Head and Neck
Squamous cell carcinoma in the head and neck region is becoming a still more frequent disease and is now the fourth most common malignant disease worldwide. A total of some 500 cases of cancer in this region are annually registered in Norway. Excessive use of tobacco and alcohol are among the causative factors for this. Characteristically squamous cell carcinoma in the head and neck region is a loco-regional disease, whereas distant metastases are rarely seen at time of diagnosis. Radiotherapy and surgery are the treatments of choice.
Unfortunately, treatment of cancer in the head and neck region is usually accompanied by acute as well as long term side effects, this holds true for surgery as well as radiotherapy. Much effort is therefore put into research aimed to improve the therapeutic ratio for the respective treatment modalities.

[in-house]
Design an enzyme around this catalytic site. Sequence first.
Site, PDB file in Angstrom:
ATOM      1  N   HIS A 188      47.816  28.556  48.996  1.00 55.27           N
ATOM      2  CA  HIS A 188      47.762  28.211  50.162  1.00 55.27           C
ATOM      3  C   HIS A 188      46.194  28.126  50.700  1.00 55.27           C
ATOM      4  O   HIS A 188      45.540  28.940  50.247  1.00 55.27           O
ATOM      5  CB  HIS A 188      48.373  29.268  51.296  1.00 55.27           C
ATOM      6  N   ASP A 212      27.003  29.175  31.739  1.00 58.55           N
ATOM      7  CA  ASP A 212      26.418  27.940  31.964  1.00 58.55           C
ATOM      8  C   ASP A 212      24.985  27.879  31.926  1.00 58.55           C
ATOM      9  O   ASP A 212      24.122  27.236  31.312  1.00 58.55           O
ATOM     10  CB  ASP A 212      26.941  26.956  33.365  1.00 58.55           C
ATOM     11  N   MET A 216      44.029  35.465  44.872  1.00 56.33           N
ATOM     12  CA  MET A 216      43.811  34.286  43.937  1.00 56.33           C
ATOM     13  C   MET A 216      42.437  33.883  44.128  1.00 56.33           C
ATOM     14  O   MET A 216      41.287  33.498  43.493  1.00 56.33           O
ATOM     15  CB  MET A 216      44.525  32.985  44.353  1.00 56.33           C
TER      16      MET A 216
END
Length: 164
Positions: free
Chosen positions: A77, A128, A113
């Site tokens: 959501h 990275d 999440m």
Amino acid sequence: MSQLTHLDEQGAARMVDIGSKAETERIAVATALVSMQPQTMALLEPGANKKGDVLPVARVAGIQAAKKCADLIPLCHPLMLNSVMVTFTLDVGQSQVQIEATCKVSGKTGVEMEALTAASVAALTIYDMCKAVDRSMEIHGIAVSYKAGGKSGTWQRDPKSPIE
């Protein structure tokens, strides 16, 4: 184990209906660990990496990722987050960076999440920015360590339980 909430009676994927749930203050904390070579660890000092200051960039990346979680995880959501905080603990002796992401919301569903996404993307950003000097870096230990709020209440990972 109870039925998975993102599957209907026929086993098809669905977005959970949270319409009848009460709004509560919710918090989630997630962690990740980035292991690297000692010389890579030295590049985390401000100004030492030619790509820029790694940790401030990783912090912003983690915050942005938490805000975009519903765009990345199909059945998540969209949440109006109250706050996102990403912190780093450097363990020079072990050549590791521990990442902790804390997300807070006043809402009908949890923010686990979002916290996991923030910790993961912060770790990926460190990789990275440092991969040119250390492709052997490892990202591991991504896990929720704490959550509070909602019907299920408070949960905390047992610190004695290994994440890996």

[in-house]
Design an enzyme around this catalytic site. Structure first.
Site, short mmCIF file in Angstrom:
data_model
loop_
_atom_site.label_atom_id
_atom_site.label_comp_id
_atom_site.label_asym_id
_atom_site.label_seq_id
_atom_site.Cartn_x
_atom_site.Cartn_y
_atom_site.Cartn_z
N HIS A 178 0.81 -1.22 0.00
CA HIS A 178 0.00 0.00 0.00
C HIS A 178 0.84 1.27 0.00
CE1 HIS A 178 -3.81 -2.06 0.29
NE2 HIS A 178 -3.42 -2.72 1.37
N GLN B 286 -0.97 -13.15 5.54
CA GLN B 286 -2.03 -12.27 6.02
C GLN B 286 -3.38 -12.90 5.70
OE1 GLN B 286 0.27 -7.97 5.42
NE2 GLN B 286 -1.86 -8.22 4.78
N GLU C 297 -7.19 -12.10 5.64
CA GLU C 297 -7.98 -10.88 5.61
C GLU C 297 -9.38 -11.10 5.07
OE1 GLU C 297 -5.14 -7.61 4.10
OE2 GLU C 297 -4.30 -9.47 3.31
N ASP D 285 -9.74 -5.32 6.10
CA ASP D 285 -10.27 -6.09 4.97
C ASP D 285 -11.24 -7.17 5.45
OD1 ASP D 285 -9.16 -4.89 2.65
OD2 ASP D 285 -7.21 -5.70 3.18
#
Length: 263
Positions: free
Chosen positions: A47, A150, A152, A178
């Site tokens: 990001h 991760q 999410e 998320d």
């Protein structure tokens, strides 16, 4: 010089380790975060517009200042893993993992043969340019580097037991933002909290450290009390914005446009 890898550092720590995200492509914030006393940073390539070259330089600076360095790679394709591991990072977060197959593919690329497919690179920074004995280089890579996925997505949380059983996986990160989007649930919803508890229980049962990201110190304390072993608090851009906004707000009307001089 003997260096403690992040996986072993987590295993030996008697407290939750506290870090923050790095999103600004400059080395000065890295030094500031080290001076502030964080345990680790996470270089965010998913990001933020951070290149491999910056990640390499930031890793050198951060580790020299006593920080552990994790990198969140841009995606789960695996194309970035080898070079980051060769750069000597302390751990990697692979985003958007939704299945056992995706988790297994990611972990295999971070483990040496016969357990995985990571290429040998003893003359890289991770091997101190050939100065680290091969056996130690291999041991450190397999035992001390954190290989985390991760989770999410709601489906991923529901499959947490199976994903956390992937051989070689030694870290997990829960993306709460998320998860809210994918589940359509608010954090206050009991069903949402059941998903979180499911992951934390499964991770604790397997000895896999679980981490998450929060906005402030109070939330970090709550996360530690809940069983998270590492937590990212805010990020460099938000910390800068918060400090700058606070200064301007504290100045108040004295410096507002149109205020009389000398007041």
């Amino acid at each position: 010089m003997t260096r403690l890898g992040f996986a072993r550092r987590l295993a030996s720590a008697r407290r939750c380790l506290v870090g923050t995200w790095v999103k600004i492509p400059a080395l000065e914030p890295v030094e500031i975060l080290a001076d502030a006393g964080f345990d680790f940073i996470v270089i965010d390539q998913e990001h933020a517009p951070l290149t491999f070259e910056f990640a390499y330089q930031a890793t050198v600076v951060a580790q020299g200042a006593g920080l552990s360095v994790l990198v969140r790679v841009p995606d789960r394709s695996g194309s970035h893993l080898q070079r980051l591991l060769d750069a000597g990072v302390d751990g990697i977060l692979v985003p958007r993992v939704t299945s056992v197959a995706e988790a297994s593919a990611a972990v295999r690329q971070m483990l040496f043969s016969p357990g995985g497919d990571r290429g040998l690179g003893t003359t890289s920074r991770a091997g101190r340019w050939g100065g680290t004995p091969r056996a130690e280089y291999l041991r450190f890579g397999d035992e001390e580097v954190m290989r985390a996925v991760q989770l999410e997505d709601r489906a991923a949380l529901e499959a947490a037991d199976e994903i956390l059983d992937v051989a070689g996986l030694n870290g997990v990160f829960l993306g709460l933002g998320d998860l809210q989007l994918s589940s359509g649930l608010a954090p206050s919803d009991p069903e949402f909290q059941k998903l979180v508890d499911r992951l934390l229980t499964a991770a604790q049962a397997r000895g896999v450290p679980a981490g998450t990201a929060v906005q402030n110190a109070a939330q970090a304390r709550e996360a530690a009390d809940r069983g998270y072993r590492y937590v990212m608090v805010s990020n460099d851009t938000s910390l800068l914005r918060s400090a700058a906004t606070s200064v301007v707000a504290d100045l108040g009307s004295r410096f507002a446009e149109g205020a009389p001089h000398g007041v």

Since 1994, The Norwegian Radium Hospital (NRH) has co-operated with The Danish Head and Neck Cancer Study Group through the DAHANCA protocols.
This co-operation has given good results and, as in Denmark, our treatment policy is now to give the radiosensitizer nimorazole 11/2 hours before radiation and to give six fractions weekly, in line with the results from the DAHANCA studies.
Growth coordination during development
Mar 27, 2017
Jørgen Wesche appointed group leader for the Mesenchymal Cancer Biology Group at the Department of Tumor Biology
Mar 15, 2017
Prestigious research prize from the Norwegian Cancer Society to pioneer in autophagy research
Mar 7, 2017
Head and neck cancer management in the Nordic countries: an effort to harmonize treatment
Eur Arch Otorhinolaryngol (in press)
Cervical lymph node metastases of squamous cell carcinoma of unknown origin: the diagnostic value of FDG PET/CT and clinical outcome
Eur Arch Otorhinolaryngol, 274 (2), 1015-1019